It may be desirable in some cases to evaporate activated zinc sulfide or the like and to condense it directly over a surface of considerable area, for example, over a flat transparent conductive surface on glass, with a conductive surface then evaporated over the sulfide layer. In such a case, a high resistivity conductive surface may be very helpful in evening out the field over the surface. After depositing the activated zinc sulfide on the surface, it may be heat-treated to produce a depletion layer on the surface, and afterward treated with acetic acid or other chemical agent to remove any low-conductivity material which may have formed on the surface, as is done with powdered phosphor particles.
A conducting surface may then be placed over the depletion layer on the zinc sulfide by evaporation or the like.
In the embodiment of the foregoing paragraph, the phosphor layer 3 in FIG. 1 may be continuous and uniform rather than being formed of a multitude of discrete phosphor particles, or of discrete particles embedded in a dielectric material. However, if the discrete phosphor particles are used, the voltage across them can be increased by placing particles of some substance with an extremely high dielectric constant, such as barium titanate, between the particles either directly, if no other embedding dielectric is used, or in the embedding dielectric, if one is used. The barium titanate particles can be of much smaller particle size than that of the phosphor particles. For example, if the phosphor particles are about 20 microns in extent, the titanate or similar particles can be as small as 1 micron or even less.
In the case where a high field is desired at the phosphor contact with a metal, the metal used should have a low work function if the phosphor portion in contact with it, has p-type conductivity, that is, if its conductivity is due to holes rather than to electrons.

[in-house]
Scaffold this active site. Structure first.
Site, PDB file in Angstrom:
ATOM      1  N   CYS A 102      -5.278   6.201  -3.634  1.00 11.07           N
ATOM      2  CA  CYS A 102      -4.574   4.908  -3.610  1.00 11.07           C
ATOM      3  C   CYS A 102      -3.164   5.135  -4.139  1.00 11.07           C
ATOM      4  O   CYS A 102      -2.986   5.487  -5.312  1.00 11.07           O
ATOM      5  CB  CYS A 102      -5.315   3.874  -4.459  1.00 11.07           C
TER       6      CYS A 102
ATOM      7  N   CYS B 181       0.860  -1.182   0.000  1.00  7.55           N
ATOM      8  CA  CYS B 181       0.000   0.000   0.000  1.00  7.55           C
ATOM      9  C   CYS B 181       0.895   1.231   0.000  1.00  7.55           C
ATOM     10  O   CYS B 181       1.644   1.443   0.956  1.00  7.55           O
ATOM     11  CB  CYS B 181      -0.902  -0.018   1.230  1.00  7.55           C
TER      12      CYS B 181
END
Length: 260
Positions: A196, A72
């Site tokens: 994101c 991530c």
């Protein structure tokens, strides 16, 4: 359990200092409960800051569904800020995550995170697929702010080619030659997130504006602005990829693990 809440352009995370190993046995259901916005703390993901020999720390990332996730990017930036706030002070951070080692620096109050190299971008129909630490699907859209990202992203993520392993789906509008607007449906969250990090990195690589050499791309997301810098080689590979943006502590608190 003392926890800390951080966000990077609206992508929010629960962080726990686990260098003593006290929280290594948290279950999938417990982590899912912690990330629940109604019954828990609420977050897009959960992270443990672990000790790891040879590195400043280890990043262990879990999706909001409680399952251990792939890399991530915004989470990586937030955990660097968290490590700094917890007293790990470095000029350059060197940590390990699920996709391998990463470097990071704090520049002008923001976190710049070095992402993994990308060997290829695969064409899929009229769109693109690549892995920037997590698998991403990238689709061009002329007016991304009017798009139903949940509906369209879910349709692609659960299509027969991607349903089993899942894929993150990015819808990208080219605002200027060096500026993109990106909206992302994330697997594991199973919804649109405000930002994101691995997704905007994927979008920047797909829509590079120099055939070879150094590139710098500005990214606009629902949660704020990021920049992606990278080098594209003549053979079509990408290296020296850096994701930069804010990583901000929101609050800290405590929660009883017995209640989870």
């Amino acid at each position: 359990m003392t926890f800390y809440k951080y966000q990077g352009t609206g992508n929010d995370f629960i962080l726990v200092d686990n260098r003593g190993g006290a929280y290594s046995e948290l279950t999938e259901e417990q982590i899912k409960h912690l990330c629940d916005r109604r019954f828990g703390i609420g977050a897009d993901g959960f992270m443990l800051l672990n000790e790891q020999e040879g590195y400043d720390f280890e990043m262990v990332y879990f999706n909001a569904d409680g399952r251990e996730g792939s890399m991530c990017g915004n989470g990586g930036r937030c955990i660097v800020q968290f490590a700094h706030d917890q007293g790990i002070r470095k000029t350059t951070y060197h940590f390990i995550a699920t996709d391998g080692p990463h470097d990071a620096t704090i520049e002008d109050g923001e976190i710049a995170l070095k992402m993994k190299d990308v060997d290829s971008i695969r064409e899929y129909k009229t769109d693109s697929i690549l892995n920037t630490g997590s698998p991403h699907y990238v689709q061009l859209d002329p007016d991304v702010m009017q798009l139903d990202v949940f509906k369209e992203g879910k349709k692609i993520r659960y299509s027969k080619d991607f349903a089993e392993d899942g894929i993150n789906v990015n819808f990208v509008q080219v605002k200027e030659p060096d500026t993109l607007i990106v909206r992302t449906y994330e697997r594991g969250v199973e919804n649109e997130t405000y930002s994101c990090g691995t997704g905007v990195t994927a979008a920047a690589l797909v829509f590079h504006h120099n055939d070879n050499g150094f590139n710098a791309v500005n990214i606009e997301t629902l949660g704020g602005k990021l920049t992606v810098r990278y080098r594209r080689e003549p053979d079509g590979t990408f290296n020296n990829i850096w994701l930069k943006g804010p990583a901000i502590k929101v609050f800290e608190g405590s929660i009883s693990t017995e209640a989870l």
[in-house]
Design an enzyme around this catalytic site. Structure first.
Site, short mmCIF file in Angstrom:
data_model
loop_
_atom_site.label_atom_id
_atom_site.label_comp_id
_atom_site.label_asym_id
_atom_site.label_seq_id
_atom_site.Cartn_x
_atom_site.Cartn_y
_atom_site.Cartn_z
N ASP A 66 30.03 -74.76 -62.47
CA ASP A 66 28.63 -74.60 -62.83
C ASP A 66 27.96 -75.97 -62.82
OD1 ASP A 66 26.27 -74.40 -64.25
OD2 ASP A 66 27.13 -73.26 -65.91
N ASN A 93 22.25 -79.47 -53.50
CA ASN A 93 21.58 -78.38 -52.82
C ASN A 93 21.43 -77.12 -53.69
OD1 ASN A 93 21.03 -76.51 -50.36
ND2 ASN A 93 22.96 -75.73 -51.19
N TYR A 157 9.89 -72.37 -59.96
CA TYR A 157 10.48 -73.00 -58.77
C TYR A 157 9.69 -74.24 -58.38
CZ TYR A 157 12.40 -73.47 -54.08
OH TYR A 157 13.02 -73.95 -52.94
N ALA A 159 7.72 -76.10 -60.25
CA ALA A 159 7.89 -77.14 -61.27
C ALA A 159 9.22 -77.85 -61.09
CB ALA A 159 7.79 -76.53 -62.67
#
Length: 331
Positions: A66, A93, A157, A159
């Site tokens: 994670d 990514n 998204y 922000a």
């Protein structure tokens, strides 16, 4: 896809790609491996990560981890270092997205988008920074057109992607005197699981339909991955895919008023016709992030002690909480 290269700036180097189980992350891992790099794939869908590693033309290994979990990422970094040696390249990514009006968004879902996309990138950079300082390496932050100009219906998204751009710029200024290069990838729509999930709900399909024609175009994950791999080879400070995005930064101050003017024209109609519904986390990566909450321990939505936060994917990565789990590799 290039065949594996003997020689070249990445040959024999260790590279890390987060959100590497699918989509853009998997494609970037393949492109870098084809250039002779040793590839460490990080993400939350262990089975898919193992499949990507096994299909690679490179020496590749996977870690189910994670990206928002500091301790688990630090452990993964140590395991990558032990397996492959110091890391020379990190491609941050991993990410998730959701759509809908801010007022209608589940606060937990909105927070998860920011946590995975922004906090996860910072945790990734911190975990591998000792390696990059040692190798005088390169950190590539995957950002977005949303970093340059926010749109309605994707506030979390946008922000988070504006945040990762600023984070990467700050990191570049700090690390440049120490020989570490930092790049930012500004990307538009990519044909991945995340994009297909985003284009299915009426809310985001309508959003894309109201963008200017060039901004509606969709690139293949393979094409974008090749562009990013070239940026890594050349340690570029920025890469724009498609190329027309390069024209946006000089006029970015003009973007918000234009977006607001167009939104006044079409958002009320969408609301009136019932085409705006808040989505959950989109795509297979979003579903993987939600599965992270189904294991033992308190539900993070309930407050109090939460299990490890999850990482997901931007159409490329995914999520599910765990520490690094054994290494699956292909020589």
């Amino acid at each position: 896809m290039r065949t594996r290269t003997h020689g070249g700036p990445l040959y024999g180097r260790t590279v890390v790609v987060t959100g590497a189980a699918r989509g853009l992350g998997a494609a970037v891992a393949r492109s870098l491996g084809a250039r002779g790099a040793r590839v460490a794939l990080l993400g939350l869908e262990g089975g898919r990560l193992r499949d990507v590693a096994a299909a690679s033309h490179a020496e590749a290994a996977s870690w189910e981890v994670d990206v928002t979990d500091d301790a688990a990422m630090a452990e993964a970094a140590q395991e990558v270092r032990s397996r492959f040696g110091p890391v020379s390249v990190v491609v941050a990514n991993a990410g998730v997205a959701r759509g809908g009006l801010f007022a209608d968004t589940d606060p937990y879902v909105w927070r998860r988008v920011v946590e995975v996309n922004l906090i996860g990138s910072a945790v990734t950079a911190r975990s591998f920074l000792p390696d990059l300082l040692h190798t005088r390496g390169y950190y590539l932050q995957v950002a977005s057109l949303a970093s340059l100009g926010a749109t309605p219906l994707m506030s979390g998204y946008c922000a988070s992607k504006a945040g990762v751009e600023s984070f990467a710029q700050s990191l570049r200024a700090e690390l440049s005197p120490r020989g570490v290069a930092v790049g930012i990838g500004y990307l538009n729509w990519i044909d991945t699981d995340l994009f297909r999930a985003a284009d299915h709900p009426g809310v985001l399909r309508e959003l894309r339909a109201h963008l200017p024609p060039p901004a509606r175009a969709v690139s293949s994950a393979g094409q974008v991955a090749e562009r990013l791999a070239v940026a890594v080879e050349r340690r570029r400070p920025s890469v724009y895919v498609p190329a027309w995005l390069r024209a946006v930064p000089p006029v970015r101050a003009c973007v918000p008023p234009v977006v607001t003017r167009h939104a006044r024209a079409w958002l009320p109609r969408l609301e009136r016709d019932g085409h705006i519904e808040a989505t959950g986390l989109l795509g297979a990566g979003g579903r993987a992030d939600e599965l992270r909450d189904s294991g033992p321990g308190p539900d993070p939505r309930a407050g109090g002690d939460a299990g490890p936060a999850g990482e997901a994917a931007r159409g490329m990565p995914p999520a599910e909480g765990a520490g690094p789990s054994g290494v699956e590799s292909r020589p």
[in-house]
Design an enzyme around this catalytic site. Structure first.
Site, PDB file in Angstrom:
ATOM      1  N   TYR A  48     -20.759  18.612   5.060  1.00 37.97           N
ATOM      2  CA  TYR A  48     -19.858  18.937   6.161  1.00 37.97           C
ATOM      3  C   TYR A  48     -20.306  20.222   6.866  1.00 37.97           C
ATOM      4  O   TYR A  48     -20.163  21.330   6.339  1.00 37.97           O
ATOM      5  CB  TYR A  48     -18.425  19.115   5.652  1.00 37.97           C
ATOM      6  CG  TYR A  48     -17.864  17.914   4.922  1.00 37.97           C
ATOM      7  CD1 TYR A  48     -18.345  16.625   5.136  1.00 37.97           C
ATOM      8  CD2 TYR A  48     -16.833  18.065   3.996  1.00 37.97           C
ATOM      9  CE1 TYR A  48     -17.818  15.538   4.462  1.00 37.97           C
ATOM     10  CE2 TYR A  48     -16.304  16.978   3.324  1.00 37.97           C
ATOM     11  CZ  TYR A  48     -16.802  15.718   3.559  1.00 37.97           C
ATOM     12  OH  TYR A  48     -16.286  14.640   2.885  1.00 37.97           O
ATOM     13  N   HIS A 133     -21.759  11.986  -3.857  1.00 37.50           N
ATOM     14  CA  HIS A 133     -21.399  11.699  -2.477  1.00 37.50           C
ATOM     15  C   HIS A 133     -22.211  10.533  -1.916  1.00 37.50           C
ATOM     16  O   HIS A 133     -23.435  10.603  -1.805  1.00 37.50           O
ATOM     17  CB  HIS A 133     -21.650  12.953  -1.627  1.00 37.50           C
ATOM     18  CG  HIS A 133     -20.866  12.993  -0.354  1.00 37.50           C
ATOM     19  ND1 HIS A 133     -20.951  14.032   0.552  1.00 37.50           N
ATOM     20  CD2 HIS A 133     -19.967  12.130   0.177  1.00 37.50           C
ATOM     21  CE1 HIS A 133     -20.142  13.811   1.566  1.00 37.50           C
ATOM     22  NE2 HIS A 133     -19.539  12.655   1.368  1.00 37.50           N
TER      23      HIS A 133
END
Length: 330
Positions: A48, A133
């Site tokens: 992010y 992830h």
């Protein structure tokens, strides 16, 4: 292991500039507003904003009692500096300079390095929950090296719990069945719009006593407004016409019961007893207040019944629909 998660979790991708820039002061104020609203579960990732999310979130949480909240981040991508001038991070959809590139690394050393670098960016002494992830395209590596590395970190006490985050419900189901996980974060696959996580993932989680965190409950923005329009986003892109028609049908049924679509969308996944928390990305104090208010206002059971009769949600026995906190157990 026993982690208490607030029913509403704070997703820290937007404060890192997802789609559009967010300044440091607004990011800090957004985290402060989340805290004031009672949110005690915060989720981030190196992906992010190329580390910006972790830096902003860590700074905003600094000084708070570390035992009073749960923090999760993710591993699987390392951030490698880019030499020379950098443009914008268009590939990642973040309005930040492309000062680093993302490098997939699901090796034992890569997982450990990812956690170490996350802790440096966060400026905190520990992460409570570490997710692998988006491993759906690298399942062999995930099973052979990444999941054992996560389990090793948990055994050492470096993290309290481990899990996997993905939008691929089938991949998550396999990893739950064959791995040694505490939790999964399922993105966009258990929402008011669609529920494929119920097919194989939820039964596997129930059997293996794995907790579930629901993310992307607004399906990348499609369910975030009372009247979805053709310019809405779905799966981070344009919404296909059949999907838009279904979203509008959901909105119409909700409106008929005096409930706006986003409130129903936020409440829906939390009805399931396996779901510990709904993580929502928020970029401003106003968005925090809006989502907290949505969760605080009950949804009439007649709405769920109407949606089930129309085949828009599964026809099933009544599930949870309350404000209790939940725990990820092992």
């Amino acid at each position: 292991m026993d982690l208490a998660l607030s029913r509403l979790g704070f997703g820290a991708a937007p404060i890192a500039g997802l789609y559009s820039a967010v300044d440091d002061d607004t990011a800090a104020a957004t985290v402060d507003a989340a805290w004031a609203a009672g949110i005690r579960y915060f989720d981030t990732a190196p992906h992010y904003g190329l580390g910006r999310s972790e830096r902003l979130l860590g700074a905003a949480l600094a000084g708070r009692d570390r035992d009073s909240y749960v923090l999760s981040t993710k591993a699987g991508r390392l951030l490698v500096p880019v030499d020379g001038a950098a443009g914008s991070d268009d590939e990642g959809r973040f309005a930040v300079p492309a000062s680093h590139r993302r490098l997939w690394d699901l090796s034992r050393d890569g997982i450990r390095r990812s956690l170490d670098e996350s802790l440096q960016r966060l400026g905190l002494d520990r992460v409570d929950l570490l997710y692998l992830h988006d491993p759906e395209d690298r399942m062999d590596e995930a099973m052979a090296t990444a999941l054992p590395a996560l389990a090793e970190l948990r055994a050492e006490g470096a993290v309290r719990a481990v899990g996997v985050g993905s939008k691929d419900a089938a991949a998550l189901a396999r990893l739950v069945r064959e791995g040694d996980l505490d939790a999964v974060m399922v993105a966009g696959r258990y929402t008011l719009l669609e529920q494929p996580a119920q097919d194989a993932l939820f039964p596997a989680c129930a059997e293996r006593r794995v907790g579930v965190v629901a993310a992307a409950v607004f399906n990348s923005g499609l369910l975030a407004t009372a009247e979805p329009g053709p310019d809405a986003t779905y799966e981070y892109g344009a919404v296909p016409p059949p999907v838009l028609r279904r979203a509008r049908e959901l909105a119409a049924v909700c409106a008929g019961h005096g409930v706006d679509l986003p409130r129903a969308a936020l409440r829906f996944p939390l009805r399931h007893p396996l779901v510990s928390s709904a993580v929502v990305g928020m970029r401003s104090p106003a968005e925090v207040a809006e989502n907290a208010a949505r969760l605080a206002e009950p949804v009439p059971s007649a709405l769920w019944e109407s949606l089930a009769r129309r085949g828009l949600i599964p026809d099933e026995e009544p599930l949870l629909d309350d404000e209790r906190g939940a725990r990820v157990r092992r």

In some cases where the phosphor is embedded in a medium, it will be desirable to embed it in a conductive medium rather than in a purely dielectric medium, the medium having a conductivity about equal to the average overall conductivity of the phosphor, including its contact resistance.
While the resistance or resistivity of the coatings and the like described herein should be high enough to prevent or reduce spot breakdown, it should not be high enough to dissipate enough power to seriously impair the efiiciency of the phosphor. The surface resistivity where a thin surface coating is used, should not ordinarily be greater than 10 ohm-ems, and will generally be between about 10 and 10 ohm-cms.
What I claim is:
1. An electroluminescent lamp comprising two electrodes with a layer therebetween of an activated phosphor particle containing an acceptor impurity and being embedded in an insulating dielectric medium.
2. An electroluminescent lamp comprising one electrode, a layer of electroluminescent phosphor thereover, a layer of glass conductive throughout its body over said phosphor layer, and an electrode over said conductive glass layer, the resistivity of said electrode being lower than that of the conductive glass.
3. The lamp of claim 2, in which the resistivity of the conductive glass layer is between and 10 ohm-ems.